Articles Posted in Medical Malpractice News

The Pop Tort rages about the certificate of merit requirement that many states have in medical malpractice cases, citing a particularly onerous Connecticut merit requirement. The Pop Tort cites a news article of an awful injustice done to a woman who had her medical malpractice lawsuit dismissed.

After a long ride to the end of the article, we find out what the grave injustice was. The plaintiff sued her doctors for alleged breach of contract and infliction of emotional distress — not malpractice – and the court decided she need a certificate of merit.

Personally, I’m fine with this. I think certificates of merit are actually a good thing. There is a knee jerk reaction: the certificate of merit makes it hard for plaintiffs and their lawyers to bring lawsuits. But not all things that are made harder are bad thing. I know that there are some meritorious cases that don’t make the cut because discovery is needed to get the information for the cerftificate of merit in the first place. But good lawyering can find a way around that problem, at least in Maryland.

  • The family of a man who died at Massachusetts General Hospital has settled its case against the hospital for $850,000. The man died after nurses failed to respond to alarms on his cardiac monitor. This death has shed national attention on the dangers of “alarm fatigue’’ among hospital staff.
  • A few New York courts are taking a new approach to handling the 4,000 medical malpractice suits filed each year. The approach…settling cases early. The pilot program will be using a $3 million grant to train more judges in medical issues, and has been shown to cut court backlogs and save money, while also proving to be a cost savings to hospitals and directly impacting the indemnity insurance of doctors. One of the new rules approved for the medical malpractice cases, in order to expedite things – scheduling Settlement Conferences 45 days after court papers are filed.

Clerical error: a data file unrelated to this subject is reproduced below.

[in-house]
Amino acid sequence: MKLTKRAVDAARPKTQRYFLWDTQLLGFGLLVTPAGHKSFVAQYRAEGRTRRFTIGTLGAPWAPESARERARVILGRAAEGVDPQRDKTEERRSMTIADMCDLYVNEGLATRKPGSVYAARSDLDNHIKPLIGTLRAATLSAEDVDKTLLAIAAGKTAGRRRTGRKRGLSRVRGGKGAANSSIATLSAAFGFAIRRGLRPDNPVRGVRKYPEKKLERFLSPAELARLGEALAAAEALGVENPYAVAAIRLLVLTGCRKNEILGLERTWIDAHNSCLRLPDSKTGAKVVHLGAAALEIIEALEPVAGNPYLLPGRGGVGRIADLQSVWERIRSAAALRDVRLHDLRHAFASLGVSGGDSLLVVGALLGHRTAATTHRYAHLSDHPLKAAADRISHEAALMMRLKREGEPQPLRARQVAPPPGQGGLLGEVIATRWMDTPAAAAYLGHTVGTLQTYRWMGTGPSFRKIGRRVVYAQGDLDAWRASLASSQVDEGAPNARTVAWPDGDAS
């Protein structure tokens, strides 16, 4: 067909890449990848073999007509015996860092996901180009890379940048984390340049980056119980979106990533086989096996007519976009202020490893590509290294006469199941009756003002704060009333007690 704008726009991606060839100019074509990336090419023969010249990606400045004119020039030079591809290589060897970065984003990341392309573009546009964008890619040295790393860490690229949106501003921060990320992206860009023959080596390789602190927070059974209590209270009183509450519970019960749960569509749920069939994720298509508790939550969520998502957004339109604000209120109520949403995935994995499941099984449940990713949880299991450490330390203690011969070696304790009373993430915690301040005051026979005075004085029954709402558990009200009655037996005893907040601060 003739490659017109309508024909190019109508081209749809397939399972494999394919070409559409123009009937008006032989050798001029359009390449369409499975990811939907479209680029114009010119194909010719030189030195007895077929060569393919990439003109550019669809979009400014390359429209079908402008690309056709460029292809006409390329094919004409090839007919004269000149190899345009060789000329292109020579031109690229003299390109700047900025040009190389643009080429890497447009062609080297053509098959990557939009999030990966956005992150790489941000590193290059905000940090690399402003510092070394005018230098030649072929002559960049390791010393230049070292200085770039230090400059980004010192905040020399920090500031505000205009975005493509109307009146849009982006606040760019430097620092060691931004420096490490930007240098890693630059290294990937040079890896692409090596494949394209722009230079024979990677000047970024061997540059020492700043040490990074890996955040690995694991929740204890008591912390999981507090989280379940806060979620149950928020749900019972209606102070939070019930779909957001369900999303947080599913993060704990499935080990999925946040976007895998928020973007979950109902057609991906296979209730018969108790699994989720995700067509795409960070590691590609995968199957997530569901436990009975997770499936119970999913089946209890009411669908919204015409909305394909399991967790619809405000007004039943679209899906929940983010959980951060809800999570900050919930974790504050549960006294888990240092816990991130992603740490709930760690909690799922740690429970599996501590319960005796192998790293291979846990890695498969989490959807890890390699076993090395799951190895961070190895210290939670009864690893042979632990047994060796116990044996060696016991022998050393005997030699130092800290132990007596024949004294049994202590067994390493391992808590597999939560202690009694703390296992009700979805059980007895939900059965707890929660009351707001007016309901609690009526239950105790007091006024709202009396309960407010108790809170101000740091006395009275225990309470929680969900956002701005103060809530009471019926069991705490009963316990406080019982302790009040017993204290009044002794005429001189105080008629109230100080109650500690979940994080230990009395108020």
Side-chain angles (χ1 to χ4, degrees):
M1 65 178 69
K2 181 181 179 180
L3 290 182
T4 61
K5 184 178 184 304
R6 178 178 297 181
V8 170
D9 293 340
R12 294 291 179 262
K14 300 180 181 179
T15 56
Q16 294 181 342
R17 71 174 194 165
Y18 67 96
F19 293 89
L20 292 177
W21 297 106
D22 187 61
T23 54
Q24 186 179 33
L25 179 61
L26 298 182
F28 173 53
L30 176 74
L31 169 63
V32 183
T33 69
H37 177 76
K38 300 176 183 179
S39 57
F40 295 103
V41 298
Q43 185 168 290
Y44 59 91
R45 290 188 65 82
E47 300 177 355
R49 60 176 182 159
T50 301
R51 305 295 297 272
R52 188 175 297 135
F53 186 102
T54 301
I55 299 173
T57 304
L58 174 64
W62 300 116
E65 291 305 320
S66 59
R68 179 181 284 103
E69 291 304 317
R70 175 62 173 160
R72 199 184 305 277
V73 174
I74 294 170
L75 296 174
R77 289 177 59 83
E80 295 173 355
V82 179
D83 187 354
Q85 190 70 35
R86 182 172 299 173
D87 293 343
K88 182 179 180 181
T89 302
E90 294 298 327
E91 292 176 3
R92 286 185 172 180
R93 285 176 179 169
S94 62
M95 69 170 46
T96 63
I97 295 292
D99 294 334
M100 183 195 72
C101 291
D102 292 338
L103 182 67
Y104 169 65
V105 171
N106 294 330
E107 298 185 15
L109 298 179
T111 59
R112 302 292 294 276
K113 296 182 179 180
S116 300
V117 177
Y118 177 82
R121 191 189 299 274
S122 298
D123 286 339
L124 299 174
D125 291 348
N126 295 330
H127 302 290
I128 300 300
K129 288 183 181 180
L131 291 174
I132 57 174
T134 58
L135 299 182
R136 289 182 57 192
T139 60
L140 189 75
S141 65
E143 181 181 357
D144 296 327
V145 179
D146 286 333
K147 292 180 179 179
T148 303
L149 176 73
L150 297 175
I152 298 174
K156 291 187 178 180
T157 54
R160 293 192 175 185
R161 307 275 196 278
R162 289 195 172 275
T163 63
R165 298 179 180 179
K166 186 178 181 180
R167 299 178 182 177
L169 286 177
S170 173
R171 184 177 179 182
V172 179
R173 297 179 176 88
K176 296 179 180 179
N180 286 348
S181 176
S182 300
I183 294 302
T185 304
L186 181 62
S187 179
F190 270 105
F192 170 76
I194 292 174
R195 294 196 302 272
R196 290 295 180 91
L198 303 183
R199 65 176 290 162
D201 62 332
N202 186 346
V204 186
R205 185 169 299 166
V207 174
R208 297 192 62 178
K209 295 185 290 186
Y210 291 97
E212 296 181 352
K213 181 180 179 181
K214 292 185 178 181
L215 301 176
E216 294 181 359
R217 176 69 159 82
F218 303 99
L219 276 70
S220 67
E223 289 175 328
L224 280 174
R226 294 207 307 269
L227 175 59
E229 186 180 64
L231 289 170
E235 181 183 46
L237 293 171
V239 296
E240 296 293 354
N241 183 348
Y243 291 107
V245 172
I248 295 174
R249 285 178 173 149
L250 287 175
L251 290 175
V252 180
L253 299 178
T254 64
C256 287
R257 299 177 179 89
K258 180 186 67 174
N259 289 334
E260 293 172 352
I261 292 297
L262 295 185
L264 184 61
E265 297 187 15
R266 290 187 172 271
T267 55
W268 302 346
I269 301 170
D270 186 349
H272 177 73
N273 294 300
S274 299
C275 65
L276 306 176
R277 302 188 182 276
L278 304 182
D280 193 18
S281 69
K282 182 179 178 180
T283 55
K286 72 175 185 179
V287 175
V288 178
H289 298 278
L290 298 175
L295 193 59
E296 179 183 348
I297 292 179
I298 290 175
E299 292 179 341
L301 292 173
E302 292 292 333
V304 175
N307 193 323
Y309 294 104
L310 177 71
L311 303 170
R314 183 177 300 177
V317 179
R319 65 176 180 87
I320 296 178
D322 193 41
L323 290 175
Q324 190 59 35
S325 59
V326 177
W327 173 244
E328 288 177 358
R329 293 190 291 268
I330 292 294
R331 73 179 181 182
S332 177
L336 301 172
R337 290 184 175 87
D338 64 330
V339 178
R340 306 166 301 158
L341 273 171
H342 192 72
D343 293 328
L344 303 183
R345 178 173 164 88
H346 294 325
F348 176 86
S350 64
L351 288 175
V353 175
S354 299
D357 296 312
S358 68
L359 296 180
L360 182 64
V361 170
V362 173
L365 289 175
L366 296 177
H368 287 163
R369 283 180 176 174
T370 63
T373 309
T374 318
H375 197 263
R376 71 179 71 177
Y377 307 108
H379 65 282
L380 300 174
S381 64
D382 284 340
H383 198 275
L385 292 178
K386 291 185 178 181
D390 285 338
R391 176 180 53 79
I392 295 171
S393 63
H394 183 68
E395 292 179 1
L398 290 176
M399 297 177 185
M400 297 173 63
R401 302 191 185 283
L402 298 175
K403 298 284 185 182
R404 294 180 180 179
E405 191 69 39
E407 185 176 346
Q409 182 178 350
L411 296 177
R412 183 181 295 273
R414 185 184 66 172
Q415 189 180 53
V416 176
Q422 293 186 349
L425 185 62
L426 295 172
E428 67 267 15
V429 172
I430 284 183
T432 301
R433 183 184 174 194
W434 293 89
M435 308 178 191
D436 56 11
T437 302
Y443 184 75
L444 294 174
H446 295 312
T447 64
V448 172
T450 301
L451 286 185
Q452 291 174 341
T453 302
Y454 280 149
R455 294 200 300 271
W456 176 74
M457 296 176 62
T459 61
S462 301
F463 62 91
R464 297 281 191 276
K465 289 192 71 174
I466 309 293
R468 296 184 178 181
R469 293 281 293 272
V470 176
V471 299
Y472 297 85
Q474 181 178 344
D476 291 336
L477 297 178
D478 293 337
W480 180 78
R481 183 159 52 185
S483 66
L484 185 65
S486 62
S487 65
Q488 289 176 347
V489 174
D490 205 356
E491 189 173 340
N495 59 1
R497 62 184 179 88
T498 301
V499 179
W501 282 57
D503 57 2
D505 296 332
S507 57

• The Tennessee Court of Appeals issued an opinion on its relatively new certificate of merit rule in Crawford v. Kavanaugh. Maryland has a similar rule and this opinion is a cautionary tale for both Tennessee and Maryland malpractice lawyers. The lesson: don’t take a malpractice case unless you know how to handle it.

The Tennessee Court of Appeals issued an opinion on its relatively new certificate of merit rule in Crawford v. Kavanaugh. Maryland has a similar rule and this opinion is a cautionary tale for both Tennessee and Maryland malpractice lawyers. The lesson: don’t take a malpractice case unless you know how to handle it.

In Crawford, the defendant doctor performed a cystoscopy, retrograde pyelogram, and a brush biopsy on a woman’s ureter. The purpose of this procedure is typically to diagnose transitional cell carcinoma, a cancer of the urinary system. The doctor believed the woman had atypical urothelial cells. To combat this, the doctor performed a uretectomy and ureteroneocystostomy. The woman had an infection and other complications. Another doctor treating the woman noticed she had a bowel obstruction. The woman had to undergo another surgery.

Clearly, this is an awful thing in human terms but not a major injury in the medical malpractice milieu. The woman needed “many additional weeks” in the hospital and “many months of recuperation and rehabilitation.” Again, I don’t want to minimize her suffering. This is a tragedy if it happens to someone I care about. But that does not mean it is a good malpractice case. What is my point? This is the kind of case taken by maybe an otherwise good lawyer who does not regularly handle malpractice cases. Typically, experienced malpractice lawyers don’t take a case like this and won’t make these mistakes.

  • There are already major safety issues with medical devices, so what do the venture capitalists who invest in device companies want to do? Make it easier to get devices approved.
  • The Delaware Supreme Court holds that a referring physician is not liable for malpractice committed by the doctor to whom he or she refers a patient.
  • Here’s a point in the case for choosing a female doctor.

Do electronic records decrease malpractice?

Electronic medical records are all the rage. The potential benefits are not hard to see. Doctors can access a patient’s entire medical history from one chart. Allergic reaction to penacilin in 2003? Got it. Equally helpful, the system has built-in alerts of the potential dangers of drugs interactions.